D: Here we already harvested the potatoes, and we planted green beans there. We’re gonna dig this up probably in the next week or two and then…I don’t know what we’re going to plant there. Maybe more beans. And we’ve already harvested all our broccoli.
T: I started with those beds there. That timber came from when the wind blew down the trees over there by the A-frame house. When I started this design, we just started repeating it. It’s going to be terraced down on the side because of the slope.
D: But it’s really helped my projection because it’s so much easier to keep weeded and it’s a lot easier to harvest.
S: When it’s raised in the boxes? That’s great because I hear so many people talk about their backs.
D: Yeah, I might have five more years of crawling around on my knees. But after that I don’t know if I’ll be able to do it. But this actually works really well.
T: I’ve already put away four cords of firewood. There’s not a sixteen year old that can keep up with me! But yeah, it’s an advantage of it. When we got to this design…I mean, it just works. This is all going to be blueberries. We’ve had good luck with blueberries in this spot, but we don’t have enough of them.
D: And we got all these from Tamara. I actually bought a lot of starter plants from her.
T: Here, eat some…
S: Ah, so good! What’s your favorite part about working here?
D: That I can stumble out in my pajamas to go to work. I put on my muck boots, t-shirt and pajamas…I do!
S: Do you have a special connection with the chickens or sheep?
D: I actually…my business card calls me the “crazy chicken lady”. I love the chickens. I have like sixty five chickens.
T: We were in a controlled community in Katy, Texas and she wanted chickens so I went by the code of the place and built her a little fence in the back…and she had a half dozen chickens in a subdivision in Katy, Texas. Hidden in the corner.
D: Hidden in the corner. I love the baby lambs, I love my goats. The goats are so much fun. My husband does his own composting, a four pile system. The raw compost. ‘Cause we collect all the poop from the donkeys and the chickens and start composting it with stuff leftover from the garden. We’re so lucky because our farm has so many resources here, it’s just amazing. Like, I tap the trees for maple syrup.
T: And we now have electricity to the barn because she now has freezers for the lambs. Until then, we were all on the solar. Heat with the boiler outside, wood stove inside. There’s plenty of firewood. Some of it falls down on it’s own.
D: Black raspberries! We have them all through there, everywhere. They just grow wild. So, I make a lot of jam. Some of them are ripe, which means I need to put my boots on and…
T: I see a couple dark ones back there.
D: Yeah, me too. All wild. We’ve got about thirty five chickens over there. Come on Carlos! (to the donkey) And that’s Sophia. We named them after the King and Queen of Spain.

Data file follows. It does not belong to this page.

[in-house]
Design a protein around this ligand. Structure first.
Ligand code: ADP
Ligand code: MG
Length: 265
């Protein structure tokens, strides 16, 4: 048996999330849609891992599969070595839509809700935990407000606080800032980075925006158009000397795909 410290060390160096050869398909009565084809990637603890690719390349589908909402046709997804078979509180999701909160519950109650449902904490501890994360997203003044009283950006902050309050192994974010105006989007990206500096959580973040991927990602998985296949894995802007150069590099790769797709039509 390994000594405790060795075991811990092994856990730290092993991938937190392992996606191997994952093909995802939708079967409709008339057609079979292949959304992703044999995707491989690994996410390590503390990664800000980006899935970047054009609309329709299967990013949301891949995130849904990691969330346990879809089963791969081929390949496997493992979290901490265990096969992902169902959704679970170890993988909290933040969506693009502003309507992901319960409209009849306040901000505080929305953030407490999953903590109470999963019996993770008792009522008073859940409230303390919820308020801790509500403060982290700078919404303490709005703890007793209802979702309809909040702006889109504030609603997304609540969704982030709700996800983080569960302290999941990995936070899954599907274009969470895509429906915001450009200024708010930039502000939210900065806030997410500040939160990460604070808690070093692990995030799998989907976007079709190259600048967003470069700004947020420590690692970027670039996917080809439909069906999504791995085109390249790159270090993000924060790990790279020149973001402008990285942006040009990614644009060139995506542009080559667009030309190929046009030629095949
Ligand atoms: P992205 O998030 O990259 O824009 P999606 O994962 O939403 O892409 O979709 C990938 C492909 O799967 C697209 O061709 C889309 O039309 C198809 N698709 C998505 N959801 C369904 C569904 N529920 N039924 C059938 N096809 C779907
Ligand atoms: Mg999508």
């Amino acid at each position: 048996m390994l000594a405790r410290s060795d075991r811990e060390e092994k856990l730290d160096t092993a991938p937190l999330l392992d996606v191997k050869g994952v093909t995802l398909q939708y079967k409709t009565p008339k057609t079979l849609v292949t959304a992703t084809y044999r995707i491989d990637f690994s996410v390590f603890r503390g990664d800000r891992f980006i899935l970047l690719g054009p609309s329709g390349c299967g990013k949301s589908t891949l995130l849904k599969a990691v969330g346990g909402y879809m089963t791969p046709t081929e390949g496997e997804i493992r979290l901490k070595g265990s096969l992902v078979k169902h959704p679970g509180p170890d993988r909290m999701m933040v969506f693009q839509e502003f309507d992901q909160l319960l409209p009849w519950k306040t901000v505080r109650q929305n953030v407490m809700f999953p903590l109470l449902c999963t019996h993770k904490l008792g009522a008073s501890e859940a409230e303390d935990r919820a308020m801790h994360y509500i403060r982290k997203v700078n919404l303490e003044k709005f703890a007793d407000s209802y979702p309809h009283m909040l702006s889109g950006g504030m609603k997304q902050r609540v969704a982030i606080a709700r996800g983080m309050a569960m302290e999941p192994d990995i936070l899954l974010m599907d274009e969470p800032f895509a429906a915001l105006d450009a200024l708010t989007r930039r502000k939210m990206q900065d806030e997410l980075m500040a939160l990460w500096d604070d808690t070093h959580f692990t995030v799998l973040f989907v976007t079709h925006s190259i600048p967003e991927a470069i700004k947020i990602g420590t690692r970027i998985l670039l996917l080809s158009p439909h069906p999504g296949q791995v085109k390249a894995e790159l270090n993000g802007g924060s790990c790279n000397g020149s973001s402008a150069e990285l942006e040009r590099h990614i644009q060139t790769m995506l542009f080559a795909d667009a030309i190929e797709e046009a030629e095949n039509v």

S: I love that! Hi, how are you? (to the donkeys)
D: I have horse treats I give them.
T: They’re miniature Jerusalem donkeys.
D: They’re good. They’re supposed to be over there but we had some new babies and for like the first two weeks they don’t like the babies very much. So, I have to keep them separated for a little bit. We had unexpected babies.
T: Juan Carlos and Sophia. Her chickens are coming to see her!
S: Look at them!
T: The white one is always first. Look at him!
D: My sister rescued him from the Tractor Supply reject…you know when their chicks come in and not all of them are healthy? He’s a meat chicken. He doesn’t know it. They’re fat and happy.
S: Look at you all. Living your best life.
T: We’re gonna set up an attachment on that barn because that next pasture down, we haven’t got it closed in yet. But it will be a cistern system where we catch the water and it’ll go down a pipe down to there, and I gotta do one from the house to the garden. The garden is about three feet higher, elevation wise, which is just about the right height for a whiskey barrel. So, it’ll be my cistern that will come off the house into that and that’ll give me enough head to push it up to the garden. We’ll just have a tub out in the garden that we can put it in.
S: You’re curious aren’t you? (to the fat & happy rescue chicken)
D: He is!
T: He’s the one who’s always up first because he wants all the feed.
S: Look at him! Still following me.
T: He thinks you have feed in your pocket.
(headed down towards the sheep and goats)
D: Those are the two babies. They were born a week ago, Friday.
T: They’re getting milk when their tail’s wiggling. If their tail quits wiggling, they’re not getting milk. That’s how you know. Here comes the daddy. We call him Shaggy.
D: We give them minerals, so they think you’re bringing them minerals. Hi, boys and girls. Hi, Spotty Spot! And the goats are very friendly.
T: Especially if you have a banana.
S: So, since you’ve been here and been going to the Abingdon Farmer’s Market, is there anything you’ve noticed about the community here that’s different or that you enjoy?
D: We actually know our neighbors here. We lived in a subdivision and there would be a hundred houses and we knew four.
T: And we know everybody to the Smyth County line.
D: It’s a very friendly place.
T: People watch out for you and everything.
D: I like the community down in Abingdon. I think it has a really nice energetic feel. And it’s kind of nice because it’s a mix of generations.
S: That’s why I love going on Saturday mornings, because it’s like I’m going to see members of my family or something.
D: I could easily be a hermit, like easily, so it’s really good for me to get out and do that because I could stay up here all the time and never leave. It’s actually my therapy. Digging potatoes and digging carrots are actually my most favorite things.
S: There’s something about having dirt on your hands.
D: I know! My sister’s like, are you in a bad mood? Just go dig some potatoes.
S: I’m learning that if I start to get anxious about something, I just need to go out in the garden.
D: You really do. It really helps.